Distract – This one is pretty much what it sounds like. When something comes up that you know is going to cause an argument, give as brief an answer as possible, and change the subject. Occasionally I need to talk to Keith’s doctors about his care. Maybe I’m seeing a new behavior I want to talk to them about, or I’m sensing that a medication adjustment is needed. I try to be discreet and call when he’s not around, but sometimes they return a call when it’s not the most convenient and I have to find a place to talk. Invariably, this leads to a question about who I was talking to. My general response is something like, “Oh, just a friend I haven’t talked to in a while,” and then quickly shift gears, “Would you like some lunch?”, or, “What movie were you watching?” This, hopefully, will get their brain to switch tracks.

Deflect – Deflection is all about getting the blame off you, the caregiver, and putting it on someone else. I use this one A LOT. “The doctor says she wants you to do this test.” “The doctors say that increasing your dose of this med will help you sleep better.” “I don’t know why the doctors say you can’t drive, honey. I’m really sorry.” In my experience, the doctors understand how hard our job is and are more than happy to let the patient be mad at them if it means making our lives a little easier.

I can hear what you’re thinking – But, you’re lying to them!!! Technically, yes, it’s a lie. This is one of the hardest things to get used to. This person has been your spouse, your parent, your child, and honesty is always the first rule in relationships. It goes against every fiber of our being to lie to them. This is where our fourth “D” comes in – Loving Deception.

Another name I’ve heard for Loving Deception is Therapeutic Lying. It involves creating a story or telling a fib in order to do things your loved one needs, keep them safe, or even just keep them calm.

Let’s look at the example I gave about secretly calling the doctor. Keith, like many FTD patients, has no recognition of his symptoms. He has no idea that anything is wrong and feels that he is exactly the same as he has always been. Because FTD has virtually destroyed his ability to reason, use logic, and make good judgments, it does no good to explain or try to convince him because that part of his brain simply does not function correctly anymore. This makes it my responsibility to take the actions needed to keep him safe and as happy as possible. If I start seeing an increase in irritability, anger, or unsafe behavior, I owe it to him to call his doctor and let them know. I do it secretly because, if I call him on his behavior or tell him I’m talking to the doctor, he will become suspicious and accuse me of wanting him to be sick, of causing his anger issues, of making things up, etc., etc., etc. There is no purpose in it and its actually harmful because then he’s upset besides. The goal is always to make sure the person gets the care they need, stays safe, and keep the peace as much as possible. Sometimes you have to tell a few fibs to get there.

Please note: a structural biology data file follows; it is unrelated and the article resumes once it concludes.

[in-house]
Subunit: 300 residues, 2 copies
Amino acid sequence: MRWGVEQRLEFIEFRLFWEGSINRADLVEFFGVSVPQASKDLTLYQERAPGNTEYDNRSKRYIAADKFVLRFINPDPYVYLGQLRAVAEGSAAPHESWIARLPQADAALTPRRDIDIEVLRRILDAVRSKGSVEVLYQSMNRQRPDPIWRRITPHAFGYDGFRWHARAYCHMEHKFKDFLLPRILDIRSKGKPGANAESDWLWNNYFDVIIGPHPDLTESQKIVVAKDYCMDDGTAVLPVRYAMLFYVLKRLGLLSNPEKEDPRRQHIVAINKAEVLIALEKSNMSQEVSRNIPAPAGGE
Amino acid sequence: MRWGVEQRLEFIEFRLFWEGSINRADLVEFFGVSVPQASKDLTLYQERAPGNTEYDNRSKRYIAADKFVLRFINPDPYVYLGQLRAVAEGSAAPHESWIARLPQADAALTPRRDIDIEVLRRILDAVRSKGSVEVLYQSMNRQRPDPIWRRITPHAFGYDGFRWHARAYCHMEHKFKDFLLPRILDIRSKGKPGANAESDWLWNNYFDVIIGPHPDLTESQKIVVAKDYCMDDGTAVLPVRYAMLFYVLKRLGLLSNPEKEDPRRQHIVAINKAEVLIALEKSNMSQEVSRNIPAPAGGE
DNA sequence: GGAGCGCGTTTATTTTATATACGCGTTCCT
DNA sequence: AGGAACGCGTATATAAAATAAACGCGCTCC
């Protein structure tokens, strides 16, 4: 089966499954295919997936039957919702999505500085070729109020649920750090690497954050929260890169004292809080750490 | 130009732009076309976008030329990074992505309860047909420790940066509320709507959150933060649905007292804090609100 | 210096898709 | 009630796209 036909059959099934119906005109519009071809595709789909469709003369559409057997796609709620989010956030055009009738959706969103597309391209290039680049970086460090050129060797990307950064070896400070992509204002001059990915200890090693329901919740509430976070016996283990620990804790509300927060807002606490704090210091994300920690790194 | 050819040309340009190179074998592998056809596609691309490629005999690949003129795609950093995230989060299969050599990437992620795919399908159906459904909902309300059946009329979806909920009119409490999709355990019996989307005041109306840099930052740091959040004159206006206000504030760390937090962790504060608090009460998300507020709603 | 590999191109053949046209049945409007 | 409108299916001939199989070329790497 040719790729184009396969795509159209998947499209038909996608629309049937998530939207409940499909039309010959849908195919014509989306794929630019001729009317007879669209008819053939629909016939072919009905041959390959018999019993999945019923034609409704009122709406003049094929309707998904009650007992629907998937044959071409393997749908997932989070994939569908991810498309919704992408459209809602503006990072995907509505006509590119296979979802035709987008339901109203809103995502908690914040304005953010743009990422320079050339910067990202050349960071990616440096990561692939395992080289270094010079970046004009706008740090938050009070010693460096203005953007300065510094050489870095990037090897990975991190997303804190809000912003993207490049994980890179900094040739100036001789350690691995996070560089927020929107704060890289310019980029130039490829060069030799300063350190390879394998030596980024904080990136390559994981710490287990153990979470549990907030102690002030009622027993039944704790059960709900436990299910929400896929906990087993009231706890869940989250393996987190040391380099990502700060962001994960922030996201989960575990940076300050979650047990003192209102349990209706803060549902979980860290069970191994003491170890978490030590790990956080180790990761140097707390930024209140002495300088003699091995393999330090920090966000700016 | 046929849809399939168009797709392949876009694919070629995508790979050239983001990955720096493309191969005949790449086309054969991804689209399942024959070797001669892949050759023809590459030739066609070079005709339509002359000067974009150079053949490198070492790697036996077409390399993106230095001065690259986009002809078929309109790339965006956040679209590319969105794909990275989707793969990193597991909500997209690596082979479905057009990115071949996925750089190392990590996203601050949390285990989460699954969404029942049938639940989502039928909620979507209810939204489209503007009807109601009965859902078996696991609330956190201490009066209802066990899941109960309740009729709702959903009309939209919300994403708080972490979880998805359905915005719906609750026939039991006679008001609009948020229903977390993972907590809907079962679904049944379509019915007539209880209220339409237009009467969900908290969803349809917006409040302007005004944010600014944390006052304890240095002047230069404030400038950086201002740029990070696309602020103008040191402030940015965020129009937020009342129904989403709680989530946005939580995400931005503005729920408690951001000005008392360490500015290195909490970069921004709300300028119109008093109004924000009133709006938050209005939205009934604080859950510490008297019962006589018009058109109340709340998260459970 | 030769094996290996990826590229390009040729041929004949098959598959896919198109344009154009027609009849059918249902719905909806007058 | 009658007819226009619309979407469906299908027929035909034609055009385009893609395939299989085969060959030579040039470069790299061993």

Before I go, I have to give a shout out to the wonderful people at my online support group, The FTD Support Forum. The folks there have been lifesavers to me. When I first started learning about FTD – long before Keith was diagnosed – I stumbled onto their site, and they welcomed me with open arms. They’ve taught me so much (including The Four D’s), walked with me through some really difficult times, and laughed with me in those moments when it was a choice between laugh or cry, and I chose to laugh. To all of those who have walked ahead of me, but come back to keep walking beside me, thank you.

Till next time . . . this is dementia.

 
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Posted by on April 18, 2020 in Uncategorized

 

Curve Balls

It’s been about 3 weeks since we got our new beds.  Things have been going fine.  I think we’re both sleeping better, the animals love having even more places to sleep during the day, and when I go to bed at night, and I look at him sleeping there, with his sheets and blankets twisted into a hopeless mess, I’m glad I don’t have to contend with that anymore.

In one of my previous posts, I mentioned that almost nothing on this FTD journey has been what I expected it to be.  All the ideas my brain generated, all the scenarios I created about Keith’s progression, almost nothing has ended up the way I envisioned.   I imagined increased problems with communication, loss of skills, memory loss, and while Keith experiences these things, it’s been a very slow progression and he remains pretty functional in a lot of areas.  What I really didn’t expect, was the development of new skills and interests that he’d never shown before.